4. Exporting your addon

If you want to share your addon with others, or run it in the existing IOTLink installation, then you’ll have to copy the dll of your library to the Addons folder (for me that’s C:ProgramDataIOTLinkAddons). Here, you should create a new folder for your addon and in it you’ll add the dll of you addon and an addon.yaml file. The addon.yaml file will tell IOTLink what’s the name of your addon, what dll file it should load, and what are the minimum and maximum API requirements. Mine looks like this:

id: TemperatureMonitor
name: Temperature Monitor
file: TemperatureMonitor.dll
minApiVersion: 2.2.0
maxApiVersion:

If you now try to start the IOTLink service from Task Manager, you’ll notice that it doesn’t send data to Home Assistant. The reason is because you are using an external library and IOTLink doesn’t know how to load it. In order to make things easier, I just installed the package Costura.Fody which bundles all my dependencies into only one dll. The only thing you have to do is to install the package and build your solution.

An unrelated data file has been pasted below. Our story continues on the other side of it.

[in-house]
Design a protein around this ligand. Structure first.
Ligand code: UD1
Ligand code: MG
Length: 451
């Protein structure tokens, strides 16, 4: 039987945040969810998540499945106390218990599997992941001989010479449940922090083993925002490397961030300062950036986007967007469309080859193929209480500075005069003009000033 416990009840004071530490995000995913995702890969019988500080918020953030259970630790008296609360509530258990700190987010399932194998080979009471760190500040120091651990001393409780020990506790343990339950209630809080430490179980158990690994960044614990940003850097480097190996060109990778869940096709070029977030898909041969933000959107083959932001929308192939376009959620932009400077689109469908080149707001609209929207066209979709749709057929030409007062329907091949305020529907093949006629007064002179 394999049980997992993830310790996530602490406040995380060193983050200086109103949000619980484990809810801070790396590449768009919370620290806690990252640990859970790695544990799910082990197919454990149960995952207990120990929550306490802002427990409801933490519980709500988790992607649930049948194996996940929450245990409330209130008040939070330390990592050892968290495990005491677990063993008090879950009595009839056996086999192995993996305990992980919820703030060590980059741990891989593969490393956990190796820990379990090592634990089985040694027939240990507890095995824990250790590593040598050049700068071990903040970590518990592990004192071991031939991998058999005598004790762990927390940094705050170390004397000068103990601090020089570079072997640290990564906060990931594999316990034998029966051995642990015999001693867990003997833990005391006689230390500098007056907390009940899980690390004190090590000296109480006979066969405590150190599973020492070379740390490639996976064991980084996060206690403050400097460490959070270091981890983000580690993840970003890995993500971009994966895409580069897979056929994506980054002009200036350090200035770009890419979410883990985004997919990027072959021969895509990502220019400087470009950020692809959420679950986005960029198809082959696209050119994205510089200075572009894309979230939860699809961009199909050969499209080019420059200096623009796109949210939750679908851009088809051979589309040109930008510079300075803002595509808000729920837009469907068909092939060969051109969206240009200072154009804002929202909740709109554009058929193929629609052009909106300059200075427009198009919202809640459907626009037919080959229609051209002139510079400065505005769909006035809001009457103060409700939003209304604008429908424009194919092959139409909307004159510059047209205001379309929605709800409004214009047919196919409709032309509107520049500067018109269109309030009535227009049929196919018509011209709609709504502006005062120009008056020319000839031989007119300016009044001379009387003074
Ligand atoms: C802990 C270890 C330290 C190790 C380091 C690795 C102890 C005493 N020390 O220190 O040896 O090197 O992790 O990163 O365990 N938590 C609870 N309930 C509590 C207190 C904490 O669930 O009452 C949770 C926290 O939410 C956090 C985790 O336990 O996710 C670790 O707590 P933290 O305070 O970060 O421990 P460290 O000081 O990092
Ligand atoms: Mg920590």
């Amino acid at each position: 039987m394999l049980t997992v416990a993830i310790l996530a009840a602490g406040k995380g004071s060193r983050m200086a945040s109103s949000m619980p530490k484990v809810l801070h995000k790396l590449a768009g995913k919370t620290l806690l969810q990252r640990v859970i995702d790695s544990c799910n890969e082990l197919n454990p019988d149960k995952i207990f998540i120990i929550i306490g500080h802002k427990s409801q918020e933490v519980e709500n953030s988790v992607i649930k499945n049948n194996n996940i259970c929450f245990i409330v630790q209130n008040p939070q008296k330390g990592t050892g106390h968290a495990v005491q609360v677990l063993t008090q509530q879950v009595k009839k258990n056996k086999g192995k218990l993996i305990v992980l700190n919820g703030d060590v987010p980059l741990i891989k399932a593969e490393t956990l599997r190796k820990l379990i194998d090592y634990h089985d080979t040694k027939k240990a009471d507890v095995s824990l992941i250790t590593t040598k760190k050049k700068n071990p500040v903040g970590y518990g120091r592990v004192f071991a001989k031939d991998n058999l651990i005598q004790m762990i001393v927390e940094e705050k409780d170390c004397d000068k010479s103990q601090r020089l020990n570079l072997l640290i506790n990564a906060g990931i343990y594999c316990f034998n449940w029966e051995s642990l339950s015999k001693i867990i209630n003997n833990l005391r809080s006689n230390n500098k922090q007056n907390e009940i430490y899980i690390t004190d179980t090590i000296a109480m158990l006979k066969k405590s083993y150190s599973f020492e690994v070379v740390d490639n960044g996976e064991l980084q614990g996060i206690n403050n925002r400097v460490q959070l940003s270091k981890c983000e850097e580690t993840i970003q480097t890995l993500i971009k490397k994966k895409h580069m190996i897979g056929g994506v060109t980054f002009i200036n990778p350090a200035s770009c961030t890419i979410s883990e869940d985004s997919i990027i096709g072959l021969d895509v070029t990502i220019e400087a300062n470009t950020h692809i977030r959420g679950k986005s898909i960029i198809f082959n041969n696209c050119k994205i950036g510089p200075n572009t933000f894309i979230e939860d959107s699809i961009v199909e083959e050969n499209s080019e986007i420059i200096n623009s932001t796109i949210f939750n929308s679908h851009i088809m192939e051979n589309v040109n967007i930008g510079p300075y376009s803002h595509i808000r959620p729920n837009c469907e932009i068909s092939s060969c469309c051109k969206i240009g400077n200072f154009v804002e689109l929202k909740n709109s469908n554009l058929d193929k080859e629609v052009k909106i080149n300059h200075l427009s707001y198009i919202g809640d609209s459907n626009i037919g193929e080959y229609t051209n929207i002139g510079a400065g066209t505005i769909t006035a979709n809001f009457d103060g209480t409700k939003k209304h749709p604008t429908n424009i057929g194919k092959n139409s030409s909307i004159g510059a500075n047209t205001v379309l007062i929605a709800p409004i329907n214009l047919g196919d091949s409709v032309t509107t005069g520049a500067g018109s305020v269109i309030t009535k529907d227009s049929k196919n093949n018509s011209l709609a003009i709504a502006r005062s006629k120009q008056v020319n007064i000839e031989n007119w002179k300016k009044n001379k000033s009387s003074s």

After doing this, the size of the TemperatureMonitor.dll jumped from 7kb to over 800kb, but in 2021 that’s really not an issue. Now we can just take the new dll, put it in the addons folder that we created, and start IOTLink from the Task Manager services tab. Go ahead and open the CPU from your MQTT integration and you’ll see that alongside CPU Load you also have the CPU Temperature.

image.png

The entire code is available on this repository and you can download the addon from the releases page . I even made a short video showing you how to install it! Any feedback is appreciated so don’t shy away from commenting here or on the YouTube videos 🙂